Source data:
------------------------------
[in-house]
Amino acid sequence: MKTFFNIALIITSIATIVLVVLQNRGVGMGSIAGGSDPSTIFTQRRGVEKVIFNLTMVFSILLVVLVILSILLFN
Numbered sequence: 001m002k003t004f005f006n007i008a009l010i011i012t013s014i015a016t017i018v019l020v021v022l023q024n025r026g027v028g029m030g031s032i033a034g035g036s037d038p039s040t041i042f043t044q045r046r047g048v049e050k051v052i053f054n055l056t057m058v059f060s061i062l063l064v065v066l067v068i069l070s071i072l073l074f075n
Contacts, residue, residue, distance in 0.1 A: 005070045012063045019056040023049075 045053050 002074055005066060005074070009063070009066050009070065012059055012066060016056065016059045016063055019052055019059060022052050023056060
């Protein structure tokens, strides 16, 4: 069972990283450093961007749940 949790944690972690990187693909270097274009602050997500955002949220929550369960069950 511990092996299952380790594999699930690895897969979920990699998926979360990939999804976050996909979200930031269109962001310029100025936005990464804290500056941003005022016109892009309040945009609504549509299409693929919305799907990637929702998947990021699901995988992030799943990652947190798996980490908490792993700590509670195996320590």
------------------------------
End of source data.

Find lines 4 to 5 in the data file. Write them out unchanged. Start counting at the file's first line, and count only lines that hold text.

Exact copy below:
Contacts, residue, residue, distance in 0.1 A: 005070045012063045019056040023049075 045053050 002074055005066060005074070009063070009066050009070065012059055012066060016056065016059045016063055019052055019059060022052050023056060
């Protein structure tokens, strides 16, 4: 069972990283450093961007749940 949790944690972690990187693909270097274009602050997500955002949220929550369960069950 511990092996299952380790594999699930690895897969979920990699998926979360990939999804976050996909979200930031269109962001310029100025936005990464804290500056941003005022016109892009309040945009609504549509299409693929919305799907990637929702998947990021699901995988992030799943990652947190798996980490908490792993700590509670195996320590």